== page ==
Skip to content


Share on FacebookPin on PinterestTweet about this on TwitterShare on Google+Email this to someone

*Click here to start reading from the beginning of my food journey.

Eating a balanced diet never occurred to me as a university student. My diet was full of fast-food junk. Then as I learned how to cook, my palate was still accustomed to foods high in salt and fat. After I entered the working world, the pendulum shifted the other way and I over-analyzed everything I ate. 

So how did I finally start to eat like a healthy human?

Someone who enjoys the taste of vegetables but still eats pizza on Friday nights?

My perspective began to change when I read about the Okinawa Centenarian Study. This study explored how the elderly people of Okinawa, Japan, may have the longest life-expectancy and highest number of centenarians living in the world. Some reasons contributing to this include genetics, dietary habits, physical activity, psychological and social aspects.

I started to think, was I on the path to living healthy until a hundred years old? My social and physical activities were in check, and there was obviously nothing I could do to change my genetics.  

However, if I wanted to live a long and happy life, I was going to have to finally start eating a balanced diet. Constantly scrutinizing my food was not the path to longevity.

I began to relax the reins on my food restrictions. Since it was already habitual for me to cook whole vegetables, lean meats, grains etc. all I needed to do was accept the fact that eating a handful of chips once in awhile wasn’t going destroy my body.

“Cheetos, let’s be friends again.”

Keeping this in mind, over time I developed and maintained a healthy awareness for when I was indulging in treats.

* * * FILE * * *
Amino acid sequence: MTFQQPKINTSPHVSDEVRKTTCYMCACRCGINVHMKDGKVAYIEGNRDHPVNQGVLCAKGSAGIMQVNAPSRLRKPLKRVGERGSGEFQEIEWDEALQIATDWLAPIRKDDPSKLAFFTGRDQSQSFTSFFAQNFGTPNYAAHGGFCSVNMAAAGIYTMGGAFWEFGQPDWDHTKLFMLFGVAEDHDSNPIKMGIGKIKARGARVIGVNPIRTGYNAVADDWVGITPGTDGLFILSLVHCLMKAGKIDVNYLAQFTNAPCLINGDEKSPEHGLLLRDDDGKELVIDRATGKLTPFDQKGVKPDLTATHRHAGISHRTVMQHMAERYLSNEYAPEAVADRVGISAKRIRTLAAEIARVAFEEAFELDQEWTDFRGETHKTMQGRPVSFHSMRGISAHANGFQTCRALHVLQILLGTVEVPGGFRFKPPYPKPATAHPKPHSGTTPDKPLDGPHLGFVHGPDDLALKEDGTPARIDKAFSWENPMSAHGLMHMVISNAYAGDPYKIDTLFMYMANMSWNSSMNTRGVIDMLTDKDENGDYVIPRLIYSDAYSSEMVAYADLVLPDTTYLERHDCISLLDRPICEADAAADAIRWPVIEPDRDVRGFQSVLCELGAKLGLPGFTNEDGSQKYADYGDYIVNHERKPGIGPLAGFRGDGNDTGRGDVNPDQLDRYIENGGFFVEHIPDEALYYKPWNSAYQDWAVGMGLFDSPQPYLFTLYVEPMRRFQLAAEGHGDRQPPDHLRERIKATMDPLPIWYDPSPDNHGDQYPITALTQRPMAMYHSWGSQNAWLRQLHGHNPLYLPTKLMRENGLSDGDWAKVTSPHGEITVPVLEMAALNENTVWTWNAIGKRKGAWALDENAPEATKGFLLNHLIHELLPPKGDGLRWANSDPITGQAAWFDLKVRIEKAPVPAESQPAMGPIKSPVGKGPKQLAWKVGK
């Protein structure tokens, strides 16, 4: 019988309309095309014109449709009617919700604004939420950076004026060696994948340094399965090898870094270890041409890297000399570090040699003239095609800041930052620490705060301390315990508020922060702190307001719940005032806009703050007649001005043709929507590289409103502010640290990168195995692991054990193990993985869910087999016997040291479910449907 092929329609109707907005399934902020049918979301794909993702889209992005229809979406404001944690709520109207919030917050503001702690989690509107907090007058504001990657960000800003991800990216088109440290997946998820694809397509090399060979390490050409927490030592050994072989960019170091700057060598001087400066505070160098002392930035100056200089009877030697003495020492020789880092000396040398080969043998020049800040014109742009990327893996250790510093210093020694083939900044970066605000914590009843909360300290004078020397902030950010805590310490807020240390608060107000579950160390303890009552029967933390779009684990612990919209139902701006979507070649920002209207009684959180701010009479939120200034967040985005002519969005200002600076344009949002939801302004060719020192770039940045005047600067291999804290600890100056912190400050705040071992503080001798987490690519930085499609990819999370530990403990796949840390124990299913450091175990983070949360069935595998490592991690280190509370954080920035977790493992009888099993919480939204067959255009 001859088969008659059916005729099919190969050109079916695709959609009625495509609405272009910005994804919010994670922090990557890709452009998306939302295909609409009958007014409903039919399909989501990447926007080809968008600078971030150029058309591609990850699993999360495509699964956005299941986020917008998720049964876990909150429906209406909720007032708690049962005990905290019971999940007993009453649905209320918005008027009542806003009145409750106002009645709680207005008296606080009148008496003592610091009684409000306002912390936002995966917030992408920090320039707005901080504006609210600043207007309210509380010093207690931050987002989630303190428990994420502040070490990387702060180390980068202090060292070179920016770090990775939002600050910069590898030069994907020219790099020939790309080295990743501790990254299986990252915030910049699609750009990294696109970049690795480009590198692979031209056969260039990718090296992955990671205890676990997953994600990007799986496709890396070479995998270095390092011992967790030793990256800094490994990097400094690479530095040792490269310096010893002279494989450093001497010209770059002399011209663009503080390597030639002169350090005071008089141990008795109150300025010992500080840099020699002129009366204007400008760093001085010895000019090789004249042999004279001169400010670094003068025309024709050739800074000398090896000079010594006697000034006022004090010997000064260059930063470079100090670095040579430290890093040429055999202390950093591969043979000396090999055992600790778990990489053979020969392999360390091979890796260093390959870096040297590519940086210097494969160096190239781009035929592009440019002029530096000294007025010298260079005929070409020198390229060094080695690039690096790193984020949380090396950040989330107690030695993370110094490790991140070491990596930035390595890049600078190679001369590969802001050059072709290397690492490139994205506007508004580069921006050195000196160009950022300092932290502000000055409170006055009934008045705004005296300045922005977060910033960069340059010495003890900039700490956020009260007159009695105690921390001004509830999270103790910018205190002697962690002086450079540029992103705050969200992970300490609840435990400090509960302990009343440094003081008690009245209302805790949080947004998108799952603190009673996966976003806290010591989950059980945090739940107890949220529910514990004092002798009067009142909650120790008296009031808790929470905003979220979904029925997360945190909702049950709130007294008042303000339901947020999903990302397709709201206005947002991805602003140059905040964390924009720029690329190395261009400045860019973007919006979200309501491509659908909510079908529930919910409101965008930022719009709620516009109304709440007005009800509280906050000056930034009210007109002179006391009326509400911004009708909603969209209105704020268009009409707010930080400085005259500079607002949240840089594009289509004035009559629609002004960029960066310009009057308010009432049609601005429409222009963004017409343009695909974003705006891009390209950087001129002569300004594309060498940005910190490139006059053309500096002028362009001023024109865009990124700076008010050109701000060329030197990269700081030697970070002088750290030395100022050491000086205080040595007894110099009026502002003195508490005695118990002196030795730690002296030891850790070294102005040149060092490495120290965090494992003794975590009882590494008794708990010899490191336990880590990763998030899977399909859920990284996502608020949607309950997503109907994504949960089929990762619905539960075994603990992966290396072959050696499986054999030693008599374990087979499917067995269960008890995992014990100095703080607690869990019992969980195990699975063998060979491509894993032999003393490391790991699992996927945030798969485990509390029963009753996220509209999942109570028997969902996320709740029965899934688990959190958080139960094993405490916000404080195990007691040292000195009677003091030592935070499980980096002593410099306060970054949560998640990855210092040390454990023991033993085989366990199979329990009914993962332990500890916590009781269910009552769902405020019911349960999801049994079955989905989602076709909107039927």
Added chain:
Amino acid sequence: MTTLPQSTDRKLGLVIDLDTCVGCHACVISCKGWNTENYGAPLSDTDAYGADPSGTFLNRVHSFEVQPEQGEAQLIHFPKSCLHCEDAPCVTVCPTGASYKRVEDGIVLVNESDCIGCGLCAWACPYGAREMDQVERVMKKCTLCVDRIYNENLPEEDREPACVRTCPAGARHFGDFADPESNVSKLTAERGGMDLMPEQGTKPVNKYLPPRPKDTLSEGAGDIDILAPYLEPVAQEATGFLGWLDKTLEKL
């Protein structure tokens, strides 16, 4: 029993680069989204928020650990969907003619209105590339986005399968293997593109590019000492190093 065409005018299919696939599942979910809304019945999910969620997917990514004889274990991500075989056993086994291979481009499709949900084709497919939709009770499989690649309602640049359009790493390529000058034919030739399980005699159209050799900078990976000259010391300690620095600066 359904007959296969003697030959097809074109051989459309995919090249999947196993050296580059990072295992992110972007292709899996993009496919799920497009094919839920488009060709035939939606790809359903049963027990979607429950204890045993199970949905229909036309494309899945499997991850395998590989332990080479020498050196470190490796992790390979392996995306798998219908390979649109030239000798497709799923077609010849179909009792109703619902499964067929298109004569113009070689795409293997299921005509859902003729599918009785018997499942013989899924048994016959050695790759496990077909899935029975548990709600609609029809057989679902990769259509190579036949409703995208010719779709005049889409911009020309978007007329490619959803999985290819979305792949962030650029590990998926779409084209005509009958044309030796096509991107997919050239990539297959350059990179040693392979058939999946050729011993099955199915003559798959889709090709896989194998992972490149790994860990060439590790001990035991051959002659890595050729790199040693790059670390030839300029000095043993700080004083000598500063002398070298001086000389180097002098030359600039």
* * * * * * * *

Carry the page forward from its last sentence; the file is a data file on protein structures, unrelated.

My trick was to:

  • Be mindful of what I was craving for
  • Think about the last time I gave into this craving
  • Use portion control
  • Enjoy the food

It has been over three years since I’ve been eating a balanced diet. Even though I had grown up eating this way when I was living with my family, I never acknowledged the food that I was eating, or understood its importance.  

Now, I can finally say that I’ve found my healthy balance point with food.

Breakfast is usually a green smoothie followed by oatmeal with yogurt.

Lunch is either a quinoa salad or leftovers from last night’s dinner.

Snacks throughout the day include fruit, raw vegetables, nuts, homemade banana bread or protein power balls. 

Dinner consists of an equal amount of lean protein, starch, and steamed or roasted vegetables. 

At the same time, I enjoy the occasional late night ice cream, Friday night pizza, and greasy and oily restaurant food on the weekends.

As I transitioned from a fast-food, ravioli-can-hoarding university student to a working twenty-something trying to find my way, my food journey required me to train my palate to enjoy the taste of wholesome foods and better understand their nutritional value.

Comment below on your own food journeys! Is anyone still trying to find a sustainable, balanced diet?

Related posts:

Share on FacebookPin on PinterestTweet about this on TwitterShare on Google+Email this to someone


  1. Pam Pam

    I like your emphasis on taking the time to enjoy foods. The increased enjoyment that you get from slowing down and appreciating something is a great incentive to reduce consumption.

    • Modern Flourish Modern Flourish

      Thanks for your comment, Pam!

      Have you ever tried mindful eating? Essentially, you focus your attention of what you’re eating, the taste, texture, smell, everything! It can also help with reducing consumption.

Leave a Reply

Your email address will not be published. Required fields are marked *